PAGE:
Friday, December 6, 2013

Social Media vs Social Networking

Let's say you've decided to add traditional business networking to your marketing mix. You find a couple of local groups, schedule the time and show up at the meeting with a pocket full of business cards and a well rehearsed "30-second commercial". Now what? Do you rush around handing out your cards to everyone else in the room (Spamming)? Do you monopolize every conversation talking about yourself and all the quirky, fun things you do? Do you give your commercial and then sit in the corner waiting for people to approach you? Is your idea of relationship building squirming in your seat waiting for someone to shut up so you can talk about your business? Probably not. And yet this is precisely how many people try to use "social media" to attract new customers and grow their business.

Back in the days when AOL was credible and MySpace was cool, and Facebook and LinkedIn were just getting started, this whole online genre was called "Social Networking". The recent movie fictionalizing the dawn of Facebook was named "The Social Network". And that is what they were about, people connecting with other people socially online. There are over a billion people using Facebook alone today, and dozens of other popular social systems online as well. So its not surprising that before too awfully long, businesses and their marketing arms moved in. This is not entirely a bad thing. Someone has to pay for these things to exists, and advertising is a well established way of funding "free" systems. It wasn't long after the arrival of the marketers, however, before things morphed from "social networking" into "social media". And the distinction is anything but trivial.

"Networking" is all about establishing connections and building relationships. Its the sort of thing salespeople understand and gravitate toward. "Media", on the other hand, is principally a means of mass communication. A way of taking your message and broadcasting it to as large an audience as possible. A vehicle for advertising. And it is the province not of salespeople but of marketeers.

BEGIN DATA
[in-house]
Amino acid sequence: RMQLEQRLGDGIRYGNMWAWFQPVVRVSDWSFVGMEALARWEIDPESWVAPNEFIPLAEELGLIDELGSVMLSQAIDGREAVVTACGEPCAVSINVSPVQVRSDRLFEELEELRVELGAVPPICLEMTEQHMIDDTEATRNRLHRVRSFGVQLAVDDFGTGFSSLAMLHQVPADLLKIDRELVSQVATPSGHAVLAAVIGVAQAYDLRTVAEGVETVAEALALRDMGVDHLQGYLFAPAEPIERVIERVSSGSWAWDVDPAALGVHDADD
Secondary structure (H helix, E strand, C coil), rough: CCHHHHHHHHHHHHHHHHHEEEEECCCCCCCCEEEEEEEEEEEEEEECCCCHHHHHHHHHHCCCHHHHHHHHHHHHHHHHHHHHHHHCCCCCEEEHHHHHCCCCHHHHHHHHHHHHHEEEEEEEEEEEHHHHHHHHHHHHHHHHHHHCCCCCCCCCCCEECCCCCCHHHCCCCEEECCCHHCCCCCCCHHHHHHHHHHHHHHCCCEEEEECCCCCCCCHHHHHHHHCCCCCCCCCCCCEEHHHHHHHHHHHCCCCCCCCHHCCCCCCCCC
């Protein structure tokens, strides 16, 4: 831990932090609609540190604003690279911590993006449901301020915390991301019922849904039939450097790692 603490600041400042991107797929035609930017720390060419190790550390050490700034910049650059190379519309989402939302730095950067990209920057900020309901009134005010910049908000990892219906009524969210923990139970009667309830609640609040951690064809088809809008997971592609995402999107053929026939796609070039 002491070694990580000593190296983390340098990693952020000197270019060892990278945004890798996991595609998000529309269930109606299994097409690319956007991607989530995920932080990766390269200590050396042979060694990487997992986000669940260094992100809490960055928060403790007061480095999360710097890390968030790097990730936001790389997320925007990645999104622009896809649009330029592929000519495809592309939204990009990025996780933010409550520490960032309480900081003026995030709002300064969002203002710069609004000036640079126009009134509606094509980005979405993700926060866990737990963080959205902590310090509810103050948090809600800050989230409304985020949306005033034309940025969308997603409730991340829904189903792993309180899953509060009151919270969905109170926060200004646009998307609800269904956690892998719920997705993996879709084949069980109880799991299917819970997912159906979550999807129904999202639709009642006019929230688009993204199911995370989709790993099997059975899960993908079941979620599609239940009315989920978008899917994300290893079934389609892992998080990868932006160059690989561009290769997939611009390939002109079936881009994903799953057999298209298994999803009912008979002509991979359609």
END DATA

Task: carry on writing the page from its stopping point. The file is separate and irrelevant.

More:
These days it seems like everyone is clamoring for instructions for "using social media to grow my business". And there is no shortage of consultants and trainers stepping up to meet the demand. Hey, at least someone is making money on social media! And what advice do we usually get? Be active. Post cool, interesting things about yourself - often. Slip in ads for your business every now and then but don't overdo it. Make your profile look like this. Say that. Avoid doing this other thing. Wait till someone says something related to what you do and then pounce. More followers is better than less followers. In short, good marketing advice and bad networking advice. And manipulative.

Let's go retro and start thinking of it as social networking again and leave social media to the social media consultants. Start to apply the same principles and approaches you would use at a networking meeting. Don't wait to be found, reach out to others. Don't just connect with the people you know, or hope people will find you, make the effort to find them. Connect with people you share meaningful common interests with, business or personal, and build on that. Build relationships, whether or not they ever lead to a sale. Have fun and let it show. Be yourself. Look for quality connections instead of just a lot of them. Give back, contribute, offer to help.

I've taken this advice to heart recently and its making a noticeable difference in how I use Facebook and LinkedIn and for the first time ever it is even producing some real business results. Give it a try yourself and see if networking doesn't beat advertising by 2 lengths.

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